Daryl Browning

Chief Executive Officer | ISPT 

With the retirement savings of more than 40% of Australian workers invested in their properties, ISPT is one of Australia’s leading property fund managers. They not only invest however, they also develop projects in both urban and regional areas across industrial, commercial, residential and retail sectors.

CEO Daryl Browning of ISPT

Their dedication to delivering long-term value drives the development style, with some of the nation’s most outstanding recent major projects in their portfolio, including 100 St George’s Terrace in Perth, the 2011 Property Council of Australia Property of the Year and Commercial Property of the Year, the multi-award winning 500 Bourke Street, the energy-efficient 3-5 National Circuit Canberra, and the Society Apartments in South Yarra, winner of Best Residential Development 2011 in the Property Council of Australia awards.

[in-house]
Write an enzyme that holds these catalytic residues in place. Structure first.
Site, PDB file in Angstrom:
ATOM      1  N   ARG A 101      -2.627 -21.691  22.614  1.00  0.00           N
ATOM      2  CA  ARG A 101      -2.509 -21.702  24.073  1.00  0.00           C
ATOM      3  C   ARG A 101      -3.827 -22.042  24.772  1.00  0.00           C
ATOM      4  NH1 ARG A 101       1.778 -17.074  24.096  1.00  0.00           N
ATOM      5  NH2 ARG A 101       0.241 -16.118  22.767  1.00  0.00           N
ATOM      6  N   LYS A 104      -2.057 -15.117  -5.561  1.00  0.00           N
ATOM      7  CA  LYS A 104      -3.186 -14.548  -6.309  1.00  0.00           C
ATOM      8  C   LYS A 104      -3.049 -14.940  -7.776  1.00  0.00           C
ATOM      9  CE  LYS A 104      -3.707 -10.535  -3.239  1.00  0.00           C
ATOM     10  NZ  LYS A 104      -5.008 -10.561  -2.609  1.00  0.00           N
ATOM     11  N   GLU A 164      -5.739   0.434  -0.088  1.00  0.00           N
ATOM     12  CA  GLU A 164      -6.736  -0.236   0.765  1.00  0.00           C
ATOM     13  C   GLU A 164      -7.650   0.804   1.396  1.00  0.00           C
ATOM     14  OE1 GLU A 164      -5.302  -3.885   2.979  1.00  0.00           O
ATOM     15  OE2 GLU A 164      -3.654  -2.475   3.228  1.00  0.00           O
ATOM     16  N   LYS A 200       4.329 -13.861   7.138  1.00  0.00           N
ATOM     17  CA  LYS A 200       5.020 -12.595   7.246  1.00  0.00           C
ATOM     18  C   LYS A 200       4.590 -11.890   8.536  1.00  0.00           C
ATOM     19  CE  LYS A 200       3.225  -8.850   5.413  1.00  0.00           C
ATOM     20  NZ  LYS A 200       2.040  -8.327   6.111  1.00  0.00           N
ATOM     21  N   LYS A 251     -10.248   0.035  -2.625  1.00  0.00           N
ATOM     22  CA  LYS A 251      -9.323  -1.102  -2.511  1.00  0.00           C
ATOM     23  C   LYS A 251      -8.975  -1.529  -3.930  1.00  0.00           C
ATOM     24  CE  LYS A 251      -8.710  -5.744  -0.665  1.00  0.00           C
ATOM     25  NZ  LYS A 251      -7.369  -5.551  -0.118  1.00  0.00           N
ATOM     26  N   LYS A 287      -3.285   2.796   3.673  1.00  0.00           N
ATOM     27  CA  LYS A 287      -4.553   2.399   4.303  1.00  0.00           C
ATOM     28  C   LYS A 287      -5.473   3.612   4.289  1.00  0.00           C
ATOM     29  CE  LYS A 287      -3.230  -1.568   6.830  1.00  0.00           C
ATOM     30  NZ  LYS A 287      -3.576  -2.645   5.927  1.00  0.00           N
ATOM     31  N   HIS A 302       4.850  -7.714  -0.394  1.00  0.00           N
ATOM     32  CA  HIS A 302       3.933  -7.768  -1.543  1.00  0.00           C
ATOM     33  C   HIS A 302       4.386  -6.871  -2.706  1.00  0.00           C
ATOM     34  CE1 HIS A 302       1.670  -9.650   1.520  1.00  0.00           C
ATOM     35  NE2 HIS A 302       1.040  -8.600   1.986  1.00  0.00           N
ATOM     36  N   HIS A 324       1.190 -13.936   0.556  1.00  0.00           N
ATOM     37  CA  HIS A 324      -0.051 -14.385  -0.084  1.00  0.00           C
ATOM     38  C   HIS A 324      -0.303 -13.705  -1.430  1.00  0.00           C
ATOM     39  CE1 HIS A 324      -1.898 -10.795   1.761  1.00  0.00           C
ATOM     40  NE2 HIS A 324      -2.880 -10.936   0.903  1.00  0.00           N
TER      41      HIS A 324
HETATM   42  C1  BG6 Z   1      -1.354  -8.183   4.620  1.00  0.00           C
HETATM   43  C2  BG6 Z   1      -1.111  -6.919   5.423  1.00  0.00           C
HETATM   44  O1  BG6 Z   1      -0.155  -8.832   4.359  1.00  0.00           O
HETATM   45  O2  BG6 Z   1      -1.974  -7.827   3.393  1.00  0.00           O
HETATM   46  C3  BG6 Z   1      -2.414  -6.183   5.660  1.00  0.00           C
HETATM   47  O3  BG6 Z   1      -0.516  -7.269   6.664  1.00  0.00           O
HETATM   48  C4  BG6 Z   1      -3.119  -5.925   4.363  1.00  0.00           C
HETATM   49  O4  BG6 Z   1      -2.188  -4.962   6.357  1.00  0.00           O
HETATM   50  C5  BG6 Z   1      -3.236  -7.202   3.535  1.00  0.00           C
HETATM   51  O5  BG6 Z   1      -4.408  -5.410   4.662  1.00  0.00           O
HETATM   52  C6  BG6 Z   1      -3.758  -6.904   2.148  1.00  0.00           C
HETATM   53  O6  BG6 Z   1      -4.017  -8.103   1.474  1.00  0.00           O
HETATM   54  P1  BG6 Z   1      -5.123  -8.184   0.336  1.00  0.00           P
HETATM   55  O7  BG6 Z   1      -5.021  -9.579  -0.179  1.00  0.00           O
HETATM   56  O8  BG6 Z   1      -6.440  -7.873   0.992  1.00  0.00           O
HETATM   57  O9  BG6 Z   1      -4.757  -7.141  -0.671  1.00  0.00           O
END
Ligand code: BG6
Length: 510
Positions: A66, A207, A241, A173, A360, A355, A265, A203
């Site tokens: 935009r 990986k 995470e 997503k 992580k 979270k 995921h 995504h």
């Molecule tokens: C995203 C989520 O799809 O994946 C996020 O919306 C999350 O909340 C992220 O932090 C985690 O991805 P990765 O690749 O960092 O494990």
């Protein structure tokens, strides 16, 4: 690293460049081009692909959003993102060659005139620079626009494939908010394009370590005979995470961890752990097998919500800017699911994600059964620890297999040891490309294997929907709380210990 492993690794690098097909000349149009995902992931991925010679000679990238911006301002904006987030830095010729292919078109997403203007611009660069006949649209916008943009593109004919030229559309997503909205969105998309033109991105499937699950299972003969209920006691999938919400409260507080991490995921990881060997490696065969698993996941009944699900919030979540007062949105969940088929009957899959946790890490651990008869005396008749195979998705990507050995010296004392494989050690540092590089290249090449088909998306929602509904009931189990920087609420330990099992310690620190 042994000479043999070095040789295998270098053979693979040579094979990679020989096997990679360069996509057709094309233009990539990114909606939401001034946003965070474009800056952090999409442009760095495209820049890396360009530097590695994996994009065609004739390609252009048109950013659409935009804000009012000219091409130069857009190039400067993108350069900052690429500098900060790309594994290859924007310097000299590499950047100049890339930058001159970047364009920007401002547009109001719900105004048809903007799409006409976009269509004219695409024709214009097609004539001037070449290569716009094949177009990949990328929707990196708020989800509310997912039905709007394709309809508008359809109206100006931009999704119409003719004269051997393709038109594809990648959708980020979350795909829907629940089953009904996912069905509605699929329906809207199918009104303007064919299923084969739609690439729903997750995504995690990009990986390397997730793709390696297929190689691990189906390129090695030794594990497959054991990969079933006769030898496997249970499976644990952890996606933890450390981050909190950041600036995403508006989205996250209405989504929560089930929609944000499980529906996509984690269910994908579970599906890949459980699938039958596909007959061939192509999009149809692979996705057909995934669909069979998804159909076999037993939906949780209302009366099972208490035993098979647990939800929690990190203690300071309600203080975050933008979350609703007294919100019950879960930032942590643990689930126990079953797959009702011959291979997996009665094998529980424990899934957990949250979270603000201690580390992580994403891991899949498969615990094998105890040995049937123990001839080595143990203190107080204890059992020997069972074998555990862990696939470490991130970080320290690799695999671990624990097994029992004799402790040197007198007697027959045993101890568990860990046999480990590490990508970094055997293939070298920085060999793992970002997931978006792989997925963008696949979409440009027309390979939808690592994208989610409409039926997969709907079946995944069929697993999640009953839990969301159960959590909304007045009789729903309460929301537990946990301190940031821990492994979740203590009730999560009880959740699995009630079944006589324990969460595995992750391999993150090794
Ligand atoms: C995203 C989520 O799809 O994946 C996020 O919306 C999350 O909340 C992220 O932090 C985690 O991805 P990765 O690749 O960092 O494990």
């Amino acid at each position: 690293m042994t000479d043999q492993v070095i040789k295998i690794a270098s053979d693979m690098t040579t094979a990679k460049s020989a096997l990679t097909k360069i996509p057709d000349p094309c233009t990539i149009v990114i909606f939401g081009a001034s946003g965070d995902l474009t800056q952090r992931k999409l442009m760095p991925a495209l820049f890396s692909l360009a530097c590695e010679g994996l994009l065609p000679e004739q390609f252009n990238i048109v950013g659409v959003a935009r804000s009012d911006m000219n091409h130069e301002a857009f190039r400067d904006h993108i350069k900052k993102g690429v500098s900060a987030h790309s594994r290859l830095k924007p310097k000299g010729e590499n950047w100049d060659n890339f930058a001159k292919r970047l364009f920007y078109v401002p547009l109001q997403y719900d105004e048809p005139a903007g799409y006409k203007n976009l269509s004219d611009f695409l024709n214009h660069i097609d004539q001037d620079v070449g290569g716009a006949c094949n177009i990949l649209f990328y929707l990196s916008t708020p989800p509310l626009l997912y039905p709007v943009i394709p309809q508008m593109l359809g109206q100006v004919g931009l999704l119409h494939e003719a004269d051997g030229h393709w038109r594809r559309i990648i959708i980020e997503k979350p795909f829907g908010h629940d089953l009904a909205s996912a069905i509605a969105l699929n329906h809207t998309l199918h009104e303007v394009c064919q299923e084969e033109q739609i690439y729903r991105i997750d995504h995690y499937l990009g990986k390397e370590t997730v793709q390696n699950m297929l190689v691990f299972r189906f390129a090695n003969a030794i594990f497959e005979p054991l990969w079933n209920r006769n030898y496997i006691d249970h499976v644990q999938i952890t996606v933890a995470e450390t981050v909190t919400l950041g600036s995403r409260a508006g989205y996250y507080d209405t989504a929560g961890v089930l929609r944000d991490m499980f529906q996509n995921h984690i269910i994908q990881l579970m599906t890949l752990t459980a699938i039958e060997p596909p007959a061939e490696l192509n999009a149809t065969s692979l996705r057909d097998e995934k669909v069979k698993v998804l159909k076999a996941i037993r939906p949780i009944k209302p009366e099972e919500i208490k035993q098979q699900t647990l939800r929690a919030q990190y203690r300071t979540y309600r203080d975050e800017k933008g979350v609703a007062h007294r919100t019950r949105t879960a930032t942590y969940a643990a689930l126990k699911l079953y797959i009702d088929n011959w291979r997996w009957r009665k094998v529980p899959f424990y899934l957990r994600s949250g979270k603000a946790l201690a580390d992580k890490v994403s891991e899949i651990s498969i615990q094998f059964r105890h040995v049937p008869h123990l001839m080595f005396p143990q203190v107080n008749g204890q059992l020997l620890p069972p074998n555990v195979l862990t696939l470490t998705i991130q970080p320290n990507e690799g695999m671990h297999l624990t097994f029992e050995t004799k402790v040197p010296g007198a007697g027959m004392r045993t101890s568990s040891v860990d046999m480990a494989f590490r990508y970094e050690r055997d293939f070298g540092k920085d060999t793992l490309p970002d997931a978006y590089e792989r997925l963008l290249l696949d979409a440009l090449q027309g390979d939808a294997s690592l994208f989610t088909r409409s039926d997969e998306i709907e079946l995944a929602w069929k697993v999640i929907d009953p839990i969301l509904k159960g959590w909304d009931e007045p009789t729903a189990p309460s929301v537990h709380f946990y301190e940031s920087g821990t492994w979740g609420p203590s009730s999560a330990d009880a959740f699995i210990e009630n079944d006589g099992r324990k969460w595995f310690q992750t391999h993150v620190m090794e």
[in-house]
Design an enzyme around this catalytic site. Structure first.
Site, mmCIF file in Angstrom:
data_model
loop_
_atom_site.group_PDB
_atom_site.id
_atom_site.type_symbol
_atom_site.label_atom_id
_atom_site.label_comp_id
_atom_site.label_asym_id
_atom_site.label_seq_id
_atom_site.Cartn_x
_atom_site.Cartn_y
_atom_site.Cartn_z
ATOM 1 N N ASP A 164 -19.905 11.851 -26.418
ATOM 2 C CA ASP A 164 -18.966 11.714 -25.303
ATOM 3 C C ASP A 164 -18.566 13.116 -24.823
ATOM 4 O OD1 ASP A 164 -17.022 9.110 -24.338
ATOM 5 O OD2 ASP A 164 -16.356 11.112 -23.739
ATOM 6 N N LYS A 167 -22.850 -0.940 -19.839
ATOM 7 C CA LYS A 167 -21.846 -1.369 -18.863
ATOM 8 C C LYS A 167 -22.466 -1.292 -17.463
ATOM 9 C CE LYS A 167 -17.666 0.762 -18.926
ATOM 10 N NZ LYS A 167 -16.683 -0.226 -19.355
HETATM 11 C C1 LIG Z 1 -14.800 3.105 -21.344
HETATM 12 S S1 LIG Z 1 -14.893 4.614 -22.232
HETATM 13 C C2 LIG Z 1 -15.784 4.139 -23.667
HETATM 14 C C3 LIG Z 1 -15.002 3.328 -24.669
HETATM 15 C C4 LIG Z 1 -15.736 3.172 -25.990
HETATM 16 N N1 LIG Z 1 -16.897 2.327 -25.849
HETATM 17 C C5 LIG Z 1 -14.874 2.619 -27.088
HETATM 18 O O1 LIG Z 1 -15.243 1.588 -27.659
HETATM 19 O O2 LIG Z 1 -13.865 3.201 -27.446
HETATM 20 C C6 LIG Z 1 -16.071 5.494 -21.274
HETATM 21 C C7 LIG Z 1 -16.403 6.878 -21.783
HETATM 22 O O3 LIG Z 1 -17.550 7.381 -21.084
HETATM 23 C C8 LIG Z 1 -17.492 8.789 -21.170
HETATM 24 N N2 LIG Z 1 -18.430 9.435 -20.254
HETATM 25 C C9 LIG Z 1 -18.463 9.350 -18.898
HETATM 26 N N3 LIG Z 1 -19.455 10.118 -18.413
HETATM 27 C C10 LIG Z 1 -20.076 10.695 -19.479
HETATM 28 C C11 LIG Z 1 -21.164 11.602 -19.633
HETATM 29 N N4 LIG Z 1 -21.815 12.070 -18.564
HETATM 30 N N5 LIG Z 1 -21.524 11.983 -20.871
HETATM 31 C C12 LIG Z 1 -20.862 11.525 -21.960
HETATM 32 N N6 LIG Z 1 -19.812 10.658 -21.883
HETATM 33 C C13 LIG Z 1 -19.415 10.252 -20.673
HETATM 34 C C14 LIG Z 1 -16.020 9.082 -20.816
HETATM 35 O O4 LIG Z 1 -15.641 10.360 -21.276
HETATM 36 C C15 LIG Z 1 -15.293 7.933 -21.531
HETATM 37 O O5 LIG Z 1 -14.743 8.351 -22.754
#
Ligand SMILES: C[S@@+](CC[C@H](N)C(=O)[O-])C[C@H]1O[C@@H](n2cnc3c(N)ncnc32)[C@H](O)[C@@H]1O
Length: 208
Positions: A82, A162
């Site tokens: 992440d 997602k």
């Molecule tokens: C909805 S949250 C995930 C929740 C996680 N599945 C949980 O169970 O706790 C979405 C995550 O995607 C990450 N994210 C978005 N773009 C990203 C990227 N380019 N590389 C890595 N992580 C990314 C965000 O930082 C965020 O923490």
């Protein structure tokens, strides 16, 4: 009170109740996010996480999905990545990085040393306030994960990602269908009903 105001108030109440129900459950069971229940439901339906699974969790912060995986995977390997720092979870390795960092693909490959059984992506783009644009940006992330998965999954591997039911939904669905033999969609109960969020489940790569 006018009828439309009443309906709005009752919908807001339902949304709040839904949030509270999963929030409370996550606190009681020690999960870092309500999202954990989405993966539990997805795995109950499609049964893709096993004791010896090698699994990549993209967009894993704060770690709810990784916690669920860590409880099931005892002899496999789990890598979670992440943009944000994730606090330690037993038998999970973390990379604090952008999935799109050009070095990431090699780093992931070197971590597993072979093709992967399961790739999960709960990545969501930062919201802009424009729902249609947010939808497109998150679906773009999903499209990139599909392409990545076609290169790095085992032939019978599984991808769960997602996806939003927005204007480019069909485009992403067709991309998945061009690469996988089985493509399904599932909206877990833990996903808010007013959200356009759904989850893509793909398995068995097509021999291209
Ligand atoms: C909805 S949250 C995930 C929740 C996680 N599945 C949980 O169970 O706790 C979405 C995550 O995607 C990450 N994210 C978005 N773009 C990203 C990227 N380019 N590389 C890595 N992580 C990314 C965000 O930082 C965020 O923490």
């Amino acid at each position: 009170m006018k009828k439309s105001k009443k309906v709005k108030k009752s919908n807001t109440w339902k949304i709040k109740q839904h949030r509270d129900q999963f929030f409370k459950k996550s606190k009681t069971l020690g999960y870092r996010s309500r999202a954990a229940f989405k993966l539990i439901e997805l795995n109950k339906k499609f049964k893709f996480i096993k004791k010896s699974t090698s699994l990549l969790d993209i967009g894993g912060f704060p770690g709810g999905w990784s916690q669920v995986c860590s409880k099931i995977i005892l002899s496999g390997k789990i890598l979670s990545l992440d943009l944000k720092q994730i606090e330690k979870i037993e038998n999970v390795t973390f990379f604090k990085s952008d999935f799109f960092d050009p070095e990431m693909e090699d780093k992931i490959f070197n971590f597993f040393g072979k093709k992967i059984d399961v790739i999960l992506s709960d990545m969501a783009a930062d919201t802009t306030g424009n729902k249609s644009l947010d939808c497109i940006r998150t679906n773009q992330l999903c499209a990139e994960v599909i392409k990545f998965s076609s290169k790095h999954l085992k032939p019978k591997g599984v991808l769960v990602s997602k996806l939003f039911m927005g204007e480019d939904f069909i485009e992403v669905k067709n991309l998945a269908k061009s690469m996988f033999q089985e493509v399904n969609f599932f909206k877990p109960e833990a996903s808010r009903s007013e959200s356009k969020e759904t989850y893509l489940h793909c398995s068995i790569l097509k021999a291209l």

As CEO of ISPT, Daryl Browning needs to combine both foresight and experience to steer a profitable course, one which ensures stakeholders including investors, tenants and builders achieve the best possible outcomes, despite the vagaries of the market.

What are the main attributes ISPT looks for when considering a new project?

The main attributes we look for are commercial viability and the ability to deliver returns in the medium to long term, as we are primarily a developer who invests, not a developer who builds in order to sell.